Daily Fantasy Sports = Gambling, Says NY Court
In a surprise move, the New York Appellate Division has confirmed a 2018 Supreme Court decision that invalidated a prior ruling, which defined daily fantasy sports (DFS) as skill-based. The majority opinion said too many variables are at play to classify DFS games as chance games. A spokesman for the DFS company FanDuel called the decision “flawed.”
The New York Appellate Division last month sided with a 2018 Supreme Court ruling that invalidated legislation that defined daily fantasy sports as mostly a game of skill, not chance.
The courts said that while some skill may be involved in DFS, there are too many factors left to chance.
Hence, it’s gambling. Hence, it’s unconstitutional.
The state attorney general’s office has decided if it will take an appeal to the Court of Appeals, the highest court in New York,.
In 2018, Acting Justice Gerald W. Connolly of Albany County Supreme Court agreed with the plaintiffs—four people affected by problem gambling—who said lawmakers acted properly when they exempted daily fantasy sports from the penal code.
The legislation resulted from a lawsuit filed by the New York attorney general against FanDuel and DraftKings; that suit also declared daily fantasy sports as a form of gambling. According to the New York Times, the bill, known as the Racing, Pari-Mutuel Wagering and Breeding Law, also featured tax regulations, consumer safeguards and other details.
The law brought both DFS giants back to the state, only to have the court take another swipe at the sporting games. FanDuel said in a statement, “We expect that there will be an appeal, and we’ll be able to continue to offer contests while that appeal is decided.”
DraftKings also issued a statement, calling the original legislative action authorizing fantasy sports in New York “constitutional and in the best interests of taxpayers and fantasy sports fans.”
According to Lexology, while the court accepts that fantasy sports involve some level of skill, it also ruled there’s a material degree of chance, as participants cannot influence how athletes perform on the field.
“Allowing the legislature unfettered discretion to determine what is not gambling would render meaningless the constitutional prohibition,” the appellate court majority said. “Daily fantasy sports are not excluded from the constitutional meaning of ‘gambling’ merely because the legislature now says that it is so.”
According to Sports Handle, the judges concluded there also is a “material degree of chance” based on variables such as injuries, unexpected weather, inaccurate calls by officials, and “a selected player having a particularly bad day or an unselected player having a particularly good day.”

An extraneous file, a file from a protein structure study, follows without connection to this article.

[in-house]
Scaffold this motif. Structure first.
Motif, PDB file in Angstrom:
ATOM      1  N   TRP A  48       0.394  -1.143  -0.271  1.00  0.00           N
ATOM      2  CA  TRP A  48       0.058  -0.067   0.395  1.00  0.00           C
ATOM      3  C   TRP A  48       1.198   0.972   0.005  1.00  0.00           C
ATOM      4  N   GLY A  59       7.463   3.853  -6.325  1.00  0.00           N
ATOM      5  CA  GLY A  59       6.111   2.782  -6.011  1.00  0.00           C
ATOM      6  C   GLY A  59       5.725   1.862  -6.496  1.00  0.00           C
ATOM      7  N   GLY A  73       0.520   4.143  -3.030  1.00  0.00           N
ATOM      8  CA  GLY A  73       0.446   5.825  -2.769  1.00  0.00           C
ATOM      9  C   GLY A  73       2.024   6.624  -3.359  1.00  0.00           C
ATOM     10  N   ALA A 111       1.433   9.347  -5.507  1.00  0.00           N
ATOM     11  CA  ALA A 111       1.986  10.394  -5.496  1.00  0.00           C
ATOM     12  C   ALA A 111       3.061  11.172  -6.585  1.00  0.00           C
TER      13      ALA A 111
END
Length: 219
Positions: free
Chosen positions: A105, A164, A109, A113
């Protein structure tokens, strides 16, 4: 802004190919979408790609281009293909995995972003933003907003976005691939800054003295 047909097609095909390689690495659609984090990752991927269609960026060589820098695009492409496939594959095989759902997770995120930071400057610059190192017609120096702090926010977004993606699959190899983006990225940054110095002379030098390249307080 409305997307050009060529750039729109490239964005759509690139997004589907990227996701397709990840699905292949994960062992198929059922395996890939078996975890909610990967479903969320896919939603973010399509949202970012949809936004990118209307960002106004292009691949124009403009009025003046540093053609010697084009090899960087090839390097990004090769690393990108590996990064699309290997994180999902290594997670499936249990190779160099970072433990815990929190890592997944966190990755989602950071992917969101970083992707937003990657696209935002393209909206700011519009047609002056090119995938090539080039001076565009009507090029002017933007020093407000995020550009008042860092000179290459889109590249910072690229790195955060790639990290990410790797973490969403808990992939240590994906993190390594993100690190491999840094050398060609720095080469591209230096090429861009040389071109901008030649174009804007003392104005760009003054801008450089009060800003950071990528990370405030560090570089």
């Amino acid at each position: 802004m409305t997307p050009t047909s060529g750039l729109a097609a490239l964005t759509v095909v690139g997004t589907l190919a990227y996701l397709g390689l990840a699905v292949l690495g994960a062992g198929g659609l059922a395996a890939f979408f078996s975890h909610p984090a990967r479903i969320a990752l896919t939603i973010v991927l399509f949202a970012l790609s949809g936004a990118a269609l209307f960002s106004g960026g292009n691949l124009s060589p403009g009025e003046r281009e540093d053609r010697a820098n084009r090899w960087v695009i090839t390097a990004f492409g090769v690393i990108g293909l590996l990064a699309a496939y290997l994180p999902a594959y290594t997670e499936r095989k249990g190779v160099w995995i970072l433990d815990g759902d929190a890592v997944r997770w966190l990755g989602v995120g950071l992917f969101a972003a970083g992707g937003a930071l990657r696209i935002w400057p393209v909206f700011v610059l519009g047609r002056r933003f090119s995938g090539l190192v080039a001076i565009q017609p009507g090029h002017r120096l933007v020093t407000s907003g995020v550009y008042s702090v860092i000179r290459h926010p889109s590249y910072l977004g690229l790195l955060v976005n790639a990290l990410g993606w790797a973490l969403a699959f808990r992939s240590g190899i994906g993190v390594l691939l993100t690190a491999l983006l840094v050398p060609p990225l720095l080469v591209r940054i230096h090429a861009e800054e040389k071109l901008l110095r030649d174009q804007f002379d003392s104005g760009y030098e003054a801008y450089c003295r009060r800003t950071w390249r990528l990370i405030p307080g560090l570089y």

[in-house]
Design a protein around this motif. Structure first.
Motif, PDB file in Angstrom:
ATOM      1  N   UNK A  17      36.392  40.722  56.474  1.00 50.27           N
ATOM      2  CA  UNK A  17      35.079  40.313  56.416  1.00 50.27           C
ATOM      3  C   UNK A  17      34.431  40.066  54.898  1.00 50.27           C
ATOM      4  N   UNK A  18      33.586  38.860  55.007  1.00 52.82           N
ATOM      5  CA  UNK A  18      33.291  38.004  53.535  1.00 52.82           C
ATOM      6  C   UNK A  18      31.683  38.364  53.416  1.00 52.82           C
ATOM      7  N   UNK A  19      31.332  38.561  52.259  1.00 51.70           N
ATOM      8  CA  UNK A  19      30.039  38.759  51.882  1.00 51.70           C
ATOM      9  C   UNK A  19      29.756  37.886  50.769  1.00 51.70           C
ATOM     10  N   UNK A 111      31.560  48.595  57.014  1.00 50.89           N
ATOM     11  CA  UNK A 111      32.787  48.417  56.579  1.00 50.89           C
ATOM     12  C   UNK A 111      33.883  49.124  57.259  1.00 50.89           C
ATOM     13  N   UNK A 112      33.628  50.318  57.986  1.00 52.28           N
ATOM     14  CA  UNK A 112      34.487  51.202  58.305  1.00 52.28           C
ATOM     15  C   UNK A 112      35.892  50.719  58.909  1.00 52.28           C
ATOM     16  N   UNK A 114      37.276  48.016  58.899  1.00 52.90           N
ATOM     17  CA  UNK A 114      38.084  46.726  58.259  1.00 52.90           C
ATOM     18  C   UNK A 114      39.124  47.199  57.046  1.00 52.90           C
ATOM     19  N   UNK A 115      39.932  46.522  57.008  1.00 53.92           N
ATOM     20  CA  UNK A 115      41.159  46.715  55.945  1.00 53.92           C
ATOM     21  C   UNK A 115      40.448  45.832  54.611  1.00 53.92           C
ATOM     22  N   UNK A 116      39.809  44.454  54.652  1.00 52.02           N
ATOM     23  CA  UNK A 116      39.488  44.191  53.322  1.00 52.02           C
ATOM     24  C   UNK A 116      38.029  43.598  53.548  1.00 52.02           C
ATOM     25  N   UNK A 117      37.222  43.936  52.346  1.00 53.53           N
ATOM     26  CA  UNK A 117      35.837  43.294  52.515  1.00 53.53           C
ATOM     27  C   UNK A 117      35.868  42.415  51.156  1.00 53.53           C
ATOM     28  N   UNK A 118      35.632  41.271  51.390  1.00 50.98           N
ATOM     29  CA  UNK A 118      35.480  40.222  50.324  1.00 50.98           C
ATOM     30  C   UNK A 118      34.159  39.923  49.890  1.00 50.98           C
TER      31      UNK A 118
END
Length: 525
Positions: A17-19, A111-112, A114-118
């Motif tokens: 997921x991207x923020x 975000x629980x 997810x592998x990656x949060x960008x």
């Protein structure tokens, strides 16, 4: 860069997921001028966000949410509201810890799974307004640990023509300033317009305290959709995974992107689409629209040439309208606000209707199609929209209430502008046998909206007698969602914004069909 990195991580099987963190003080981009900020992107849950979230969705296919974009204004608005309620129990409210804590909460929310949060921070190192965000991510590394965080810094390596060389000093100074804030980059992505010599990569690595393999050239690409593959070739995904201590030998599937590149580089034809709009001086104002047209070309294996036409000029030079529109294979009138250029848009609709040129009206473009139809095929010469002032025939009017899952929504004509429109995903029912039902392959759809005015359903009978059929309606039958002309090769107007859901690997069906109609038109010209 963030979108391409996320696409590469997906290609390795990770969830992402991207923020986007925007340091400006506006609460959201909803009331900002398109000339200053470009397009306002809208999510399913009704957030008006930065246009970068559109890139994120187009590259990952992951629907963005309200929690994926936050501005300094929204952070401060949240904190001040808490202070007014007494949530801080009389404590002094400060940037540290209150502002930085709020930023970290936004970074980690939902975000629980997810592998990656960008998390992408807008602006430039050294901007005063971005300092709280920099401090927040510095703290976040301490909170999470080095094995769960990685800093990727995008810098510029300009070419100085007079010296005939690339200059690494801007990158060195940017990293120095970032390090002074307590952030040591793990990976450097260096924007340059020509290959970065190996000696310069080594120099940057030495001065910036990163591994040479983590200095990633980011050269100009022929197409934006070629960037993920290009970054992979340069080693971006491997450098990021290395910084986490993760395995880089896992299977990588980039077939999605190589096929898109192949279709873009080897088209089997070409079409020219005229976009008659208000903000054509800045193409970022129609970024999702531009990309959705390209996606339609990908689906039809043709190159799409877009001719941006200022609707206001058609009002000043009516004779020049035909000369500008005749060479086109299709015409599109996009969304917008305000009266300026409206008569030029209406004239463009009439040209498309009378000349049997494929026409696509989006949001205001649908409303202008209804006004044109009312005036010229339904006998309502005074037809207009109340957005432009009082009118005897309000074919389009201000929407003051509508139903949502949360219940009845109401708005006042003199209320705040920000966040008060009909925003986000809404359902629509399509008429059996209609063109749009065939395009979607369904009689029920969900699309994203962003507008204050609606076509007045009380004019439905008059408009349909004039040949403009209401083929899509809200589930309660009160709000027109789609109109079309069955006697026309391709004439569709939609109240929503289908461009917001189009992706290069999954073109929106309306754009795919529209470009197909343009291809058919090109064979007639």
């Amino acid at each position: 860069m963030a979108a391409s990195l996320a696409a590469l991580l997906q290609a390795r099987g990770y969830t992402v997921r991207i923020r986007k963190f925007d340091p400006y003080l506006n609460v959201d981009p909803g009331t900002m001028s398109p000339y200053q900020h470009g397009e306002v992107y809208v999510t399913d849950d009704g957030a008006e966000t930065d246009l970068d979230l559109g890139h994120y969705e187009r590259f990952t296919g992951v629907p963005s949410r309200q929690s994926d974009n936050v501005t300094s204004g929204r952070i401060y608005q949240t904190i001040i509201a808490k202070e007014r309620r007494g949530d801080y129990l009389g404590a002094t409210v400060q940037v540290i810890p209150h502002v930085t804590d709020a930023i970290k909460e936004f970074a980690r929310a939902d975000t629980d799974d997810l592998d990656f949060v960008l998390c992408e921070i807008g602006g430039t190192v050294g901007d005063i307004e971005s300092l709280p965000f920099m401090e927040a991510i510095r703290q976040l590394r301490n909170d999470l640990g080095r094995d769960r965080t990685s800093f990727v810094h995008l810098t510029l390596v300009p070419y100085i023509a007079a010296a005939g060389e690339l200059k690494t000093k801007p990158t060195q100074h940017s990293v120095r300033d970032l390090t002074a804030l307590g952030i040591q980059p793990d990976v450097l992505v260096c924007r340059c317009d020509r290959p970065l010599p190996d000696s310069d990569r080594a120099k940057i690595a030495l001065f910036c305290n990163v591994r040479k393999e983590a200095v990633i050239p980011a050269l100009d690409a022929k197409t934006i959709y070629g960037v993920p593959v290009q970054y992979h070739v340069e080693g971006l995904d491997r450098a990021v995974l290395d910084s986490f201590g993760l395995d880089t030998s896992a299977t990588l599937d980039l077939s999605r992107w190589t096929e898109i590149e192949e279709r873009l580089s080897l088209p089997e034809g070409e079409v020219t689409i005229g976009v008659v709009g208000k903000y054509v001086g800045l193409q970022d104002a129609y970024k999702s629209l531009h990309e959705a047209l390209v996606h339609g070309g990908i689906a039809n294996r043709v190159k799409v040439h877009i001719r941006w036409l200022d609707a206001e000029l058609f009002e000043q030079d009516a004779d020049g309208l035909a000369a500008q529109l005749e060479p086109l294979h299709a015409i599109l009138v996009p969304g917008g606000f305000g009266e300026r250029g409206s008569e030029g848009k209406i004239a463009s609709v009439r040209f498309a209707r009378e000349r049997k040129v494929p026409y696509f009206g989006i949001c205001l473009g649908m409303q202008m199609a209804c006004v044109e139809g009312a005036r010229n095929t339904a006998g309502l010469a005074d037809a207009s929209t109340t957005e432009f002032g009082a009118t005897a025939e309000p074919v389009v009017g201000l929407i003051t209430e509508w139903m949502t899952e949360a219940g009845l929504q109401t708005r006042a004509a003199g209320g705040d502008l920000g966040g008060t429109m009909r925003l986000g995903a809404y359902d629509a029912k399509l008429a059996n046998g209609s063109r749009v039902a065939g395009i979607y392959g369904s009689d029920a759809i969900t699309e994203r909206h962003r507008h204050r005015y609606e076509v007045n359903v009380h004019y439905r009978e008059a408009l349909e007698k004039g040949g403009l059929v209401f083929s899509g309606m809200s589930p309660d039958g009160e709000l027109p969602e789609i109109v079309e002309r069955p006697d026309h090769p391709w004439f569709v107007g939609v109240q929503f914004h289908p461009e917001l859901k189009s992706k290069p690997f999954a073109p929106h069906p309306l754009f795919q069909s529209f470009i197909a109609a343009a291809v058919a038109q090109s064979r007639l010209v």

Judge Stan L. Pritzker dissented. While agreeing with the concept that the legislature’s power to declare what is or isn’t gambling isn’t unlimited, he said the court should stay out of this issue, as “the record demonstrates with vigor that the lawmakers, without caprice, acted rationally, carefully and with measured consideration.”
Pritzker added that the plaintiffs “assert their own opinions as facts, but at the same time, brand opposing opinions as fiction.”
“We’re very gratified by the decision,” plaintiff attorney Neil Murray told the Associated Press. We think the integrity of the New York state constitution has been upheld.”
The lawsuit was coordinated by the group Stop Predatory Gambling. Les Bernal, its national director, said, “The reason New York state has a constitutional prohibition on commercialized gambling promoted by the state is because it’s a form of consumer financial fraud.”
Mark Conrad, a sports business professor at Fordham University, told the seventh annual Penn Law Sports and Entertainment Law Symposium that New York’s laws on the issue are somewhat complicated.
“New York has a very broad definition of gambling, and that’s part of the problem. Most would think that if something is more a game of skill than chance, that’s not gambling. (New York) sees it instead as if a significant level of chance could be gambling. This is a unique New York problem that has reared its head,” Conrad said.
According to NJ Online Gambling, Cory Fox, counsel for policy and government affairs for FanDuel, said the courts have decided that previous definitions of gambling by the legislature should be followed.
“But the legislature also has said that fantasy sports are not gambling,” Fox said. “So to me, it’s a flawed decision, and I think the attorney general will have some luck with this.”
New York gaming law professor Marc Edelman said it’s not that simple. “The recent ruling is more adverse to the fantasy sports industry,” he said. “It not only overturned the regulations, but at the same time it said that deeming fantasy sports a game of skill was not permissible as well.”
The Fantasy Sports & Gaming Association, an industry group, estimates that 59 million people played fantasy sports in the United States and Canada in 2017, more than double the numbers in 2009. Two out of three were men, their average age was 32, and each user spent an average of $653 annually on the sites.
And DraftKings and FanDuel, which operate in 43 states, including New York, together accounted for almost all the $390 million in revenue generated by DFS in 2019, according to Chris Krafcik, a managing director at Eilers & Krejcik Gaming, a research and consulting firm.